Honey is well known for its healing properties and has been used as a food and medicine by people all over the world for centuries. Pure and unprocessed honey is used as an alternative treatment for several clinical conditions. It is a viscous semi translucent liquid and is sweet in taste. It is also an excellent nutritional supplement and helps the body in building up tissues.
Traditional and Modern Use of Honey
Traditionally, honey is used (study) in the treatment of the following conditions
Now it’s multitude of medicinal aspects (study) have been proven by clinical reviews and there is remarkable evidence supporting the use of honey in the medical field.and experts recommend the use of honey in the management of several disease conditions.
Main Sugars and Nutrients Contained In Honey
Honey is a pre-digested food and its most predominant sugar is fructose. It also contains a special sugar called dextrose and presence of this dextrose make honey easily absorbable by our body .
Flavonoids and polyphenols are the main bioactive molecules present in honey. Besides these it contains vitamins, minerals, ,proteins, carotenoids, amino acids, organic acids, enzymes (glucose oxidase and catalase ) and volatile compounds.
Evidences from the studies also suggest its protective effect and use in the control and treatment of cardiovascular, neurological and gastrointestinal diseases.
Different Types of Honey
Honey is known for its complex chemical composition and it varies depending on the botanical source.
Various types of honey are available in the market and when taking honey as a healing remedy, it is important to use raw honey. Raw honey in its pure form is not been sterilized with high heat and without any additives.
Raw honey varies quite a bit, too. There's wildflower honey, organic honey, tupelo honey and clover honey. A good middle road is raw wildflower honey. It has more germ fighting constituents than other types of honey and contains the medicinal qualities of a variety of wildflowers.
How Is Honey Used?
Most people including children (over 1 year of age) respond well when using honey as a medicine.
Here are some of honey's healing uses
Burns: Various studies shows that application of honey upon the affected area is an extremely effective burn treatment. This medicinal effect is due to the various antibacterial compounds present in it. Besides, its moist nature helps to keep the burned skin supple and reduces moisture loss. When using honey to treat minor burns, simply spread honey over the burn and cover lightly with gauze. Generally honey does not need to be refrigerated, but if it is chilled, it feels good on a burn.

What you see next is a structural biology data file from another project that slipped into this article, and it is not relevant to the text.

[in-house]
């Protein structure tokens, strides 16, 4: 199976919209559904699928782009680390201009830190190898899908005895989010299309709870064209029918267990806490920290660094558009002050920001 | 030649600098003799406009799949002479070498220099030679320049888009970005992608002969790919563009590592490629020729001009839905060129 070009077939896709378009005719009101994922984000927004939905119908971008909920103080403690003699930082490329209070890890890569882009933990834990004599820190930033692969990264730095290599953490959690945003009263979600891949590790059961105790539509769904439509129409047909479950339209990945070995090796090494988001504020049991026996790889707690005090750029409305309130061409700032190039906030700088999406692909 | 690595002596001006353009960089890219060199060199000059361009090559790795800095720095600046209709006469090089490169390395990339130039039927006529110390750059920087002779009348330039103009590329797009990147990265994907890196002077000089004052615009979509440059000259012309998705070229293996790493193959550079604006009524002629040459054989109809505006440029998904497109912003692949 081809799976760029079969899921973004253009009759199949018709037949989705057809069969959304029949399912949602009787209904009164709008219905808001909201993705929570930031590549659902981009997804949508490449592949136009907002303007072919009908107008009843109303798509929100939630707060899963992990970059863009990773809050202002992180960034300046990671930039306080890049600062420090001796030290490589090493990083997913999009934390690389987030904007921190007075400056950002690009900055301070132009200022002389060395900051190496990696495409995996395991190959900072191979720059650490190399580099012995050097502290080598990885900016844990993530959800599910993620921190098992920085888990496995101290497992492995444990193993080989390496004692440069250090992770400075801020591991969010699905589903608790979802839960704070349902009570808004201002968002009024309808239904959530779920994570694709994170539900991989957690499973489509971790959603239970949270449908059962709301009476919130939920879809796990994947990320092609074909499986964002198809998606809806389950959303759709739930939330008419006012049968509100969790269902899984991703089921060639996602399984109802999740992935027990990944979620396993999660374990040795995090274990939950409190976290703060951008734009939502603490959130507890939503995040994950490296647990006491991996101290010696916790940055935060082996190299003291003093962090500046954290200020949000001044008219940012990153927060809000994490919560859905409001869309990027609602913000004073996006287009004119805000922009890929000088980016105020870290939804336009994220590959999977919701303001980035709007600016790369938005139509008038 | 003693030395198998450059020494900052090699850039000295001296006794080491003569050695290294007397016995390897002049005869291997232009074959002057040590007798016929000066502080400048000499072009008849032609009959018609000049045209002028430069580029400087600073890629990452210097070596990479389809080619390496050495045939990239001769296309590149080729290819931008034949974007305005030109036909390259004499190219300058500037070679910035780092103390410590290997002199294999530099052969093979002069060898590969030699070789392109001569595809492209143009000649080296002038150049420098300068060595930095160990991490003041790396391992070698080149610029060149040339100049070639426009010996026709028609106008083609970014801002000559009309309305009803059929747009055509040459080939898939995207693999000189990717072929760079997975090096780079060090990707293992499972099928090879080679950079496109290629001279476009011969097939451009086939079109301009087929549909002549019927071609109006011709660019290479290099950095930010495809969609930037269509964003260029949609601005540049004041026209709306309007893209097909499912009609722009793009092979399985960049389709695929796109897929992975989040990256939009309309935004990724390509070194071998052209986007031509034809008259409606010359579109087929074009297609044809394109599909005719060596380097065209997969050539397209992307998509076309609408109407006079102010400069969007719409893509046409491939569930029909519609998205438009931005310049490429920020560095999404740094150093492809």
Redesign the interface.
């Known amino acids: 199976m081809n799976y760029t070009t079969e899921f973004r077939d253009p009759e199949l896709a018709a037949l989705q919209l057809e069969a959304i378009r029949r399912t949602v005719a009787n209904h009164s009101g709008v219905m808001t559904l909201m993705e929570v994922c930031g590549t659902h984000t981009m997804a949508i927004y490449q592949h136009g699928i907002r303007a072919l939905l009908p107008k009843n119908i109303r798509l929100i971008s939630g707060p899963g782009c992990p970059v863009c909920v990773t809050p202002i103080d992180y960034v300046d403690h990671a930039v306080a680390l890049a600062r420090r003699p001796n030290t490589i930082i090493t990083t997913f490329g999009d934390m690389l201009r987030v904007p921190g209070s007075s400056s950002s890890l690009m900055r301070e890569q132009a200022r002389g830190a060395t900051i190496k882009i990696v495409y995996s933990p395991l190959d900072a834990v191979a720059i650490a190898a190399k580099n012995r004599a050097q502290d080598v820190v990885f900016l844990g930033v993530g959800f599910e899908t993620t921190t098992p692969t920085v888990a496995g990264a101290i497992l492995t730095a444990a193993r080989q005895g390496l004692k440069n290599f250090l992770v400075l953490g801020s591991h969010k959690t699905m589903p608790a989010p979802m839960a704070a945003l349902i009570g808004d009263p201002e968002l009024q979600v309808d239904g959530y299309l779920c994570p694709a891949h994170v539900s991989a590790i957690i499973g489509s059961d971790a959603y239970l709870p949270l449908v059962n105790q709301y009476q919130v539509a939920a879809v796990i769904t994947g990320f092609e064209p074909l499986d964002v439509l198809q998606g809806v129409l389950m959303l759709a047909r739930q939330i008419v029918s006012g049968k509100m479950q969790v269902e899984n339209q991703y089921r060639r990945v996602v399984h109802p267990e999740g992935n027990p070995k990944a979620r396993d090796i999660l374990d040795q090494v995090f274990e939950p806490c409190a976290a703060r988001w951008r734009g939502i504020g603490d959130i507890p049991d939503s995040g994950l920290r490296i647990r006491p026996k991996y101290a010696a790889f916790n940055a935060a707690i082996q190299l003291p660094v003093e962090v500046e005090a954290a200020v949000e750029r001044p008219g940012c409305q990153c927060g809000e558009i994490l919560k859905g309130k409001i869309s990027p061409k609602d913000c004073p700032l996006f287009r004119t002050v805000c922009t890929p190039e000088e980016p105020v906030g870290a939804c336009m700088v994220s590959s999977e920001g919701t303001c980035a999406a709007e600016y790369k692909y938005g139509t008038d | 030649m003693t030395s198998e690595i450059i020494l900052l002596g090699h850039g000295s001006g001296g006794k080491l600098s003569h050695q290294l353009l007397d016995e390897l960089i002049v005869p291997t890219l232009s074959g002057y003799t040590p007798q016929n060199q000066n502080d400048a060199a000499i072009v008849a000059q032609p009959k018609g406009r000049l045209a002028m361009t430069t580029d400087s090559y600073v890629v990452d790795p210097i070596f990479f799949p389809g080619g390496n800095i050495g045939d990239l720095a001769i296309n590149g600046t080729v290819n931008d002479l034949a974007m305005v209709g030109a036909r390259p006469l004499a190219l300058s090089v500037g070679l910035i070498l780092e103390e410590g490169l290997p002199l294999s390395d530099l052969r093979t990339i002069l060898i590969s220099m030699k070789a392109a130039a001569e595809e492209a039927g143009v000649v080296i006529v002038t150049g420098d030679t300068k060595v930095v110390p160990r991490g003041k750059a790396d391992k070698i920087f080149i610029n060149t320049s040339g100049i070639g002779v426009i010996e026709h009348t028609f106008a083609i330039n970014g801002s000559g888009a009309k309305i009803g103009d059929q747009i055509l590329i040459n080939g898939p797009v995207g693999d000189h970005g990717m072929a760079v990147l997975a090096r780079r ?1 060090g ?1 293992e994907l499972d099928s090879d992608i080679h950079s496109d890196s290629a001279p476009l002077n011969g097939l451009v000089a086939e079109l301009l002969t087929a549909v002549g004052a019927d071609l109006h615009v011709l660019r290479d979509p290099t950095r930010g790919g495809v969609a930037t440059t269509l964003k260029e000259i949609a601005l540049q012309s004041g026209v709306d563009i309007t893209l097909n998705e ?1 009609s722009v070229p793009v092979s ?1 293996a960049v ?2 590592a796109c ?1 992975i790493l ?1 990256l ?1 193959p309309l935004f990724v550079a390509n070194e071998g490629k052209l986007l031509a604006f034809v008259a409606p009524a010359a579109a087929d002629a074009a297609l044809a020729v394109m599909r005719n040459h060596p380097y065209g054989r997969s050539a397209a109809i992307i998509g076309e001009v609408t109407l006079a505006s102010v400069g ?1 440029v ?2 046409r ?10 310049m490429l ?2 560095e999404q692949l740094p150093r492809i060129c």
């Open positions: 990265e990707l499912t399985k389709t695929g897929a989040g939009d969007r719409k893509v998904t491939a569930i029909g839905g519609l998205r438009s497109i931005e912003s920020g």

Coughs and Colds - Studies show that regular consumption of raw honey helps to prevent colds. It also helps to soothe sore throat and coughs. Its viscous texture coats the throat, and has a cough-suppressing effect. Its antibacterial properties help to fight against throat infections and upper respiratory infections.
Skincare: studies indicate that natural bee products can be used for skin treatment and care Honey is good for dry skin due to its high moisture content. Its antibacterial qualities may help with skin infections like pimples and acne. Honey mixed with plain yogurt makes a soothing cleanser or facial mask. A mixture of raw honey, sugar and sweet almond oil acts as a good exfoliant.
Wound healing - Honey has the ability to heal wounds (study) and reduce scarring. It seems to be beneficial especially for diabetics who have trouble with minor wounds developing into ulcers. It tends to be less painful than conventional antiseptics.
Note; Honey-related food allergies are very rare and may develop symptoms as part of food allergy. Experts recommend to introduce honey to children only after they are one year old.
Traditional and Modern Uses of Natural Honey in Human Diseases: A Review: Tahereh Eteraf-Oskouei and Moslem Najafi
Medicinal and cosmetic uses of Bee’s Honey – A review: E. R. H. S. S. Ediriweera and N. Y. S. Premarathna
Up-to-date use of honey for burns treatmen:t A. Zbuchea
Bee Products in Dermatology and Skin Care: Anna Kurek-Górecka, Michał Górecki, Anna Rzepecka-Stojko, Radosław Balwierz, and Jerzy Stojko
Wound healing activity of honey: A pilot study: Kumari K. Vijaya and K. Nishteswar1
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